Over the past five years, spending by the corporate cannabis lobby in Colorado has tripled. Pro-cannabis groups spent nearly $1 million on state-level lobbying in Colorado last year, while Smart Colorado, the largest voice of opposition to legalization in the state, spent only $346,121 on lobbying over the preceding five years. Even when the Colorado Legislature can overcome opposition from the cannabis lobby, it’s difficult for both Colorado legislators and bureaucrats at the Marijuana Enforcement Division to keep up with the dizzying pace of change in the cannabis industry.

Beyond the financial and lobbying power of the industry is the serious issue of legislative overload. Legislation seeking to regulate cannabis accumulates on the state docket in response to a constant stream of new problems like out-of-control home-grow operations, candied edibles identical to those marketed to children and dispensaries that attract crime and become a nuisance to entire neighborhoods. One glaring example of how Colorado has missed the boat on cannabis regulation is the aptly titled “legal looping” loophole.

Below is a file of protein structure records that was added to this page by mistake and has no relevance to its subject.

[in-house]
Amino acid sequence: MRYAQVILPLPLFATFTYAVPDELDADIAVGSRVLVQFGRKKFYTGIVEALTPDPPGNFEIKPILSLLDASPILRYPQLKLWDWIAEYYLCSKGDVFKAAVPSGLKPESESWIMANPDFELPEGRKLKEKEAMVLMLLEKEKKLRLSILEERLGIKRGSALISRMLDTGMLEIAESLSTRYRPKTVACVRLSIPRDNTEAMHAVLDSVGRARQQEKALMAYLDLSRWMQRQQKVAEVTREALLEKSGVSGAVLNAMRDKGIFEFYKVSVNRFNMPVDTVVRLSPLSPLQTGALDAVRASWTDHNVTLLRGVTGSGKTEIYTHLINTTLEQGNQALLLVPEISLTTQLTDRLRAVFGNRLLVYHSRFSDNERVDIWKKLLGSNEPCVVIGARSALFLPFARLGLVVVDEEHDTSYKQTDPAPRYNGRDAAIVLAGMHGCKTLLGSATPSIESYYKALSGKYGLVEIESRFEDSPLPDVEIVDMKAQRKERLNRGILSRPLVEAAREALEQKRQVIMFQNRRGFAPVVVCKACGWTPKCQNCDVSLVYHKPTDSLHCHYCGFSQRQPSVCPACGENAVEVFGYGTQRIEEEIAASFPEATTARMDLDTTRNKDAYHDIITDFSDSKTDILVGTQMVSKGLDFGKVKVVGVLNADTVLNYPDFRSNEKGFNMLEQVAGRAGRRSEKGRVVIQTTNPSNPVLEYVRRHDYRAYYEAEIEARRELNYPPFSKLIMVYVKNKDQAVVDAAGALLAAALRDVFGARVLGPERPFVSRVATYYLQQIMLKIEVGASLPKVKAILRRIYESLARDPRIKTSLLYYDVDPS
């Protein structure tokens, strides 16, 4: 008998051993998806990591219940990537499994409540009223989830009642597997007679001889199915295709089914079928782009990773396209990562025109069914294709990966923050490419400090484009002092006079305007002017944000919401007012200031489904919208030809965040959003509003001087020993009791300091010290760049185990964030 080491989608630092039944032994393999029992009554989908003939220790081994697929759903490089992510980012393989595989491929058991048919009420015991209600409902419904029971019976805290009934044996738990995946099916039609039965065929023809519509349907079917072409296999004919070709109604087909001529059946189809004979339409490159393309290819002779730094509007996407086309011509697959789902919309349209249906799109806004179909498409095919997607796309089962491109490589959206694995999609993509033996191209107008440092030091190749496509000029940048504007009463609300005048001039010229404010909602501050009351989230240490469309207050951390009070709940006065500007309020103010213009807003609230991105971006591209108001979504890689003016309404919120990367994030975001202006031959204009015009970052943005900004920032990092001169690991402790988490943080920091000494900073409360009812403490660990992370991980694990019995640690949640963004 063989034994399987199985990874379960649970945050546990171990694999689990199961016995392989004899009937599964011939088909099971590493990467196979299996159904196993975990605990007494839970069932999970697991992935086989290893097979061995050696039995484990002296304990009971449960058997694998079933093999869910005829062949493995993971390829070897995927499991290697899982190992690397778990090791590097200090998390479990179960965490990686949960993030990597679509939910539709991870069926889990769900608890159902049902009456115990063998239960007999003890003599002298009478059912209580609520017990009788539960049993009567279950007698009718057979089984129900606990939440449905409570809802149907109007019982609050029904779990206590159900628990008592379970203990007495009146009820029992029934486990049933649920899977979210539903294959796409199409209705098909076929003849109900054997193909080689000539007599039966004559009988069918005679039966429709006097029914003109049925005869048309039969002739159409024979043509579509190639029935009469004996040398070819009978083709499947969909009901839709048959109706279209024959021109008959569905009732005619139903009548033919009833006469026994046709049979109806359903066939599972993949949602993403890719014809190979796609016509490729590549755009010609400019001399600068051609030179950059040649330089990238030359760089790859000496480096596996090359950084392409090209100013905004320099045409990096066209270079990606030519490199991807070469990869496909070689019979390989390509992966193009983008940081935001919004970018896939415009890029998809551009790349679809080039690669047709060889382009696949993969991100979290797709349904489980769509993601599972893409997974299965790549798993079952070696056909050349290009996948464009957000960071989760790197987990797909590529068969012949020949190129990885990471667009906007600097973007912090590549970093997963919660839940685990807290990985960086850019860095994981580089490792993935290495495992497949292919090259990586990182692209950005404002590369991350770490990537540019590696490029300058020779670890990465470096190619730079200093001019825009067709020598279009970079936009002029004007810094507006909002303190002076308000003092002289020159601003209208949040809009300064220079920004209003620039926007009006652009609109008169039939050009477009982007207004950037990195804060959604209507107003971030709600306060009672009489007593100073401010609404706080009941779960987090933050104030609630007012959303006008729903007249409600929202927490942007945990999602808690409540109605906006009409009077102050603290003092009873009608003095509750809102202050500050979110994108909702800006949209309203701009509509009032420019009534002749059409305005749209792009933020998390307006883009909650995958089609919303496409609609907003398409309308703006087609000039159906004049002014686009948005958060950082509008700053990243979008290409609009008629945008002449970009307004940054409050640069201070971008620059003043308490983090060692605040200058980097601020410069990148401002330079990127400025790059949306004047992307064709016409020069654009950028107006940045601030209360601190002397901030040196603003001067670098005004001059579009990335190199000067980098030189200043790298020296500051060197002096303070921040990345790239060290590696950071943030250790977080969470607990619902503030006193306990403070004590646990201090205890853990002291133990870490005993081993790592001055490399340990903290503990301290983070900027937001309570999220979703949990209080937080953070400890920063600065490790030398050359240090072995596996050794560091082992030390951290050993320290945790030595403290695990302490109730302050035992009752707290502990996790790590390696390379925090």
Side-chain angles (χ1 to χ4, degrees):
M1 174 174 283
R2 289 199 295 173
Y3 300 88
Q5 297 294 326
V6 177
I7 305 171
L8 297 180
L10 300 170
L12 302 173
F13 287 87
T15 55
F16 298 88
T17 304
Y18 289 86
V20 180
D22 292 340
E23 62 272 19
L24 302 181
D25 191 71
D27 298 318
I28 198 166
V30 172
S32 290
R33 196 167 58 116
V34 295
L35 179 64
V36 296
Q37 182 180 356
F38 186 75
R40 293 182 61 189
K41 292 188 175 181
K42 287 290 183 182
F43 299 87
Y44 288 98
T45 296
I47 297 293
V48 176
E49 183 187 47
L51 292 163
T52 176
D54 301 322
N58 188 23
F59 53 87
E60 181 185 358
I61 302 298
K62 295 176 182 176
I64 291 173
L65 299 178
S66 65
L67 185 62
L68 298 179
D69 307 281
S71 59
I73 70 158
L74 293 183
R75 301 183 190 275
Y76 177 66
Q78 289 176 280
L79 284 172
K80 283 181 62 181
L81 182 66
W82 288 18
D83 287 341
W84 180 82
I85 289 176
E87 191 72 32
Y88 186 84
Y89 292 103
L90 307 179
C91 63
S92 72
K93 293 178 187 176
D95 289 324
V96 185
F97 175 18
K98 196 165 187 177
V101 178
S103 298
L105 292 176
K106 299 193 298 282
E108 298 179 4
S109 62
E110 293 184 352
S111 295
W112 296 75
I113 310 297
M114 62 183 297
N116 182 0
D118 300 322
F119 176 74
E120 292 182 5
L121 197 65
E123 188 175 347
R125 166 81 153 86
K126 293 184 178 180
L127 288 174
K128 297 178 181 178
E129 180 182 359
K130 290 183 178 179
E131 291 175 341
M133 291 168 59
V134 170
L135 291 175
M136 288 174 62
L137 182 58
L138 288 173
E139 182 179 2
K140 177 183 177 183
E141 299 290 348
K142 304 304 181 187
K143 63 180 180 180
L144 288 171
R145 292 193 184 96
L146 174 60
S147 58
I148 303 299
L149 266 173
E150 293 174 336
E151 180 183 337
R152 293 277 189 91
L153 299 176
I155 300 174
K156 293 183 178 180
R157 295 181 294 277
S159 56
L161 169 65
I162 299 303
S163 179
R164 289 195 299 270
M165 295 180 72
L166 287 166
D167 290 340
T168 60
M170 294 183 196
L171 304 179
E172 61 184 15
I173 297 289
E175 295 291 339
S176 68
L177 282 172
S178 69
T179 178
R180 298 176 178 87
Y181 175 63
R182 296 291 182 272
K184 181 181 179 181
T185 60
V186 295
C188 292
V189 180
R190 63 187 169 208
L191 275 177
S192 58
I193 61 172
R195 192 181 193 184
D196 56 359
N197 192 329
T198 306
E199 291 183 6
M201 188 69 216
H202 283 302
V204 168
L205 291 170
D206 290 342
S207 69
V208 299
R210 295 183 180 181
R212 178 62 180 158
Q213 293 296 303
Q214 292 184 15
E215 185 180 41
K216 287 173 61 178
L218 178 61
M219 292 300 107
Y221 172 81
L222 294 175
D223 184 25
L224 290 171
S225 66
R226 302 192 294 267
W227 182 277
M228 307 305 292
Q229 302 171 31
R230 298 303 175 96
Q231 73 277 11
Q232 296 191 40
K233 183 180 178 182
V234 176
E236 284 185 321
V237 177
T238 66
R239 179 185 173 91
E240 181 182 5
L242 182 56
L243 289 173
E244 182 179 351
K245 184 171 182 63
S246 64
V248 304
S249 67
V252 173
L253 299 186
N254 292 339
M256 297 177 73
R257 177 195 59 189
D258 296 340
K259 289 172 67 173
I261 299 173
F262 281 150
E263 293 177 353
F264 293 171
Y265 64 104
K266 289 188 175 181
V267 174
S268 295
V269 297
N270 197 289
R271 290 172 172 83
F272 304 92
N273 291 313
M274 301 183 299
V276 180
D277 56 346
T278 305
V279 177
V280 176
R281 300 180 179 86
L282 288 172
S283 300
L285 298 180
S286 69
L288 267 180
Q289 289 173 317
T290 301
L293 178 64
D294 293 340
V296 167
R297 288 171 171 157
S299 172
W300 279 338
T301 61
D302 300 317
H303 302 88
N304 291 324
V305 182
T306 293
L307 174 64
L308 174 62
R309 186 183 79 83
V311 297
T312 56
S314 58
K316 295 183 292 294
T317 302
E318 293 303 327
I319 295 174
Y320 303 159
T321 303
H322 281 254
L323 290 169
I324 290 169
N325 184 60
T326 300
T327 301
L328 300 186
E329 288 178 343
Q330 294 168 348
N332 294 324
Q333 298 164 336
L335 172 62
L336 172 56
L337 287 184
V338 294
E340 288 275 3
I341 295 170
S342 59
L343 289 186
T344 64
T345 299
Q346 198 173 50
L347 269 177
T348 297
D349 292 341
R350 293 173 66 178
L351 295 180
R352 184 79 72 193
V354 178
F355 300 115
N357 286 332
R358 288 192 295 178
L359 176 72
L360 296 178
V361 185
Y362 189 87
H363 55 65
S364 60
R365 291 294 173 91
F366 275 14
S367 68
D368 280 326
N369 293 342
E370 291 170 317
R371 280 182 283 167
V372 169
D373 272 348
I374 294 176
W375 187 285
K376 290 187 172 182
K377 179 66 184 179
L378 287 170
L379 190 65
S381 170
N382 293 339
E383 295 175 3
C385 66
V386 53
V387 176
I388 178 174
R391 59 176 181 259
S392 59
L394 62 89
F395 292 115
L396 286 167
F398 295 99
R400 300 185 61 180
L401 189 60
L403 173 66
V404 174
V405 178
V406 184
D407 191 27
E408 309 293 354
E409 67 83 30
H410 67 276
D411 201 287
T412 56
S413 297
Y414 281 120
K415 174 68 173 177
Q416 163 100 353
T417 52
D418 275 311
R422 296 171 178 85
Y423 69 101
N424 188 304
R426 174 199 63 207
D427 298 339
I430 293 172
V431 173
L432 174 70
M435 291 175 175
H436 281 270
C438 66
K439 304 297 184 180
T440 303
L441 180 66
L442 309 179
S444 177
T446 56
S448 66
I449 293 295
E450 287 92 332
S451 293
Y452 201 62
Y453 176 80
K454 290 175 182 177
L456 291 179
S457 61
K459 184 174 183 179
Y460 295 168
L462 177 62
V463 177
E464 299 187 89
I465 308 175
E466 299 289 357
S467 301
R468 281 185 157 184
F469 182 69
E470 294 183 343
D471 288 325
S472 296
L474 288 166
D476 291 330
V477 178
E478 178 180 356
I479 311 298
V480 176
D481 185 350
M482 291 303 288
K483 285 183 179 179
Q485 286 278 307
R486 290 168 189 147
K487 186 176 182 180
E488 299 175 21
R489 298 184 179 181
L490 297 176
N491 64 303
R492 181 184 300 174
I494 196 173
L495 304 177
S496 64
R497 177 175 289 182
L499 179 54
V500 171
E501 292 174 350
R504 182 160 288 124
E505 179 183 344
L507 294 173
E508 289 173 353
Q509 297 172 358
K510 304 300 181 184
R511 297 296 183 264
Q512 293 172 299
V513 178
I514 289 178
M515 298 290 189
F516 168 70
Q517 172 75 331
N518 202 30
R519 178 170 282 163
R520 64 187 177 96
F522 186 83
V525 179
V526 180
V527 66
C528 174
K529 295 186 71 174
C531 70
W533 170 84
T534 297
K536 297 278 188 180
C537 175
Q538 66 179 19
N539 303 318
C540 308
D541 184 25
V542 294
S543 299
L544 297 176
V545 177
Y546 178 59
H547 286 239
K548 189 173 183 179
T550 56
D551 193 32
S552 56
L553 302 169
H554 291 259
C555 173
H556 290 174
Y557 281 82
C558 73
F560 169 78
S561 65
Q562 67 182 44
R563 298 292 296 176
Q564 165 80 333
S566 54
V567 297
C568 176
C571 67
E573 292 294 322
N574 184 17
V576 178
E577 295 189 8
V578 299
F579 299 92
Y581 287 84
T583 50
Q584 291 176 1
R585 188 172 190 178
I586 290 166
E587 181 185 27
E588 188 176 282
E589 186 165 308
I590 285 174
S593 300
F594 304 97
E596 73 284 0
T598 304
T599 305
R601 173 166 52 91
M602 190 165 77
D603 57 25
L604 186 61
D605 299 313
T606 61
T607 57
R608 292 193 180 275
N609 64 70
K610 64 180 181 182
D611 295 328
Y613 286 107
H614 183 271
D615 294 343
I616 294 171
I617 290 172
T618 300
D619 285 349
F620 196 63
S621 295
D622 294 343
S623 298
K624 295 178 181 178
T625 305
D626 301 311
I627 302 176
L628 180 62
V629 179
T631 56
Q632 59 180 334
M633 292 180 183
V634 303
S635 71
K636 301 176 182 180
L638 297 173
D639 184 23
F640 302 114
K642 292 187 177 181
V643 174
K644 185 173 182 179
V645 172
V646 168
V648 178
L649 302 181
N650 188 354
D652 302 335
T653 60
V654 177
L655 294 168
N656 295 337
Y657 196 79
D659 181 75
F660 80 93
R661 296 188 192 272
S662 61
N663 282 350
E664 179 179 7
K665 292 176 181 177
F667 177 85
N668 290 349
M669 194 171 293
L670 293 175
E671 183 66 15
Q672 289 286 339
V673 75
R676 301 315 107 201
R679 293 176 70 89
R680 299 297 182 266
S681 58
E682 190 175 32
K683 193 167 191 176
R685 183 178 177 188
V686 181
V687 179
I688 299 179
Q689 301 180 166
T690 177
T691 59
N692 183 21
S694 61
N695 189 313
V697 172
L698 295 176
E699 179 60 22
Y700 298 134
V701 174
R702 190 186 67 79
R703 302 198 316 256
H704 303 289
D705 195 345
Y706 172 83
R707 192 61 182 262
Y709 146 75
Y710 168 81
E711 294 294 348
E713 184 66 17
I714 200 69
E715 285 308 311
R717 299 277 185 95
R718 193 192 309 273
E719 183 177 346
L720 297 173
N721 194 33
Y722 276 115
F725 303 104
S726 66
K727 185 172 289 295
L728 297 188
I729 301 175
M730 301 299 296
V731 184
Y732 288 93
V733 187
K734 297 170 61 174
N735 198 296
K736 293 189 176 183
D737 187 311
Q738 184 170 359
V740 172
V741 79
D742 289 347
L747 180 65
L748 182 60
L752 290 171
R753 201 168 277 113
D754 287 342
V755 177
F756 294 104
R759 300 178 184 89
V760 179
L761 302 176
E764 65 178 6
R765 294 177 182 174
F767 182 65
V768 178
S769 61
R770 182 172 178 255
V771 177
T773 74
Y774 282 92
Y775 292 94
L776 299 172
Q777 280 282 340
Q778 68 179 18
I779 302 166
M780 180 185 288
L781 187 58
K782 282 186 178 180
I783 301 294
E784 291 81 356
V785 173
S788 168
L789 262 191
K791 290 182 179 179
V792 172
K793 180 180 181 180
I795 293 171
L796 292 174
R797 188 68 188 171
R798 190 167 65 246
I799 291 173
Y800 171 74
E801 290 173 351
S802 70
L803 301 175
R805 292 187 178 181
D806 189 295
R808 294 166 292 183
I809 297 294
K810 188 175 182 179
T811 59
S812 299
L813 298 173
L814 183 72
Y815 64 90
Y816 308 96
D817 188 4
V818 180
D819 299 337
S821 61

Legal looping describes how customers repeatedly return to the same retailer to purchase the maximum legally permitted amount of marijuana. At the infamous Denver retailer Sweet Leaf, a group of straw buyers may have acquired as much as two tons of cannabis for illegal resale outside of Colorado. Unfortunately, the backlog of regulations weighing down the Colorado legislature means that effective enforcement is a long way away.

Progressive House member Alexandria Ocasio-Cortez (D-N.Y.) caught the nation’s attention earlier this year when she slammed the racial makeup of the cannabis industry. To her credit, AOC also focused on the need to do justice to the communities harmed by the war on drugs. Perhaps the legalization movement will also start to acknowledge the very real inequities that cannabis legalization has wrought.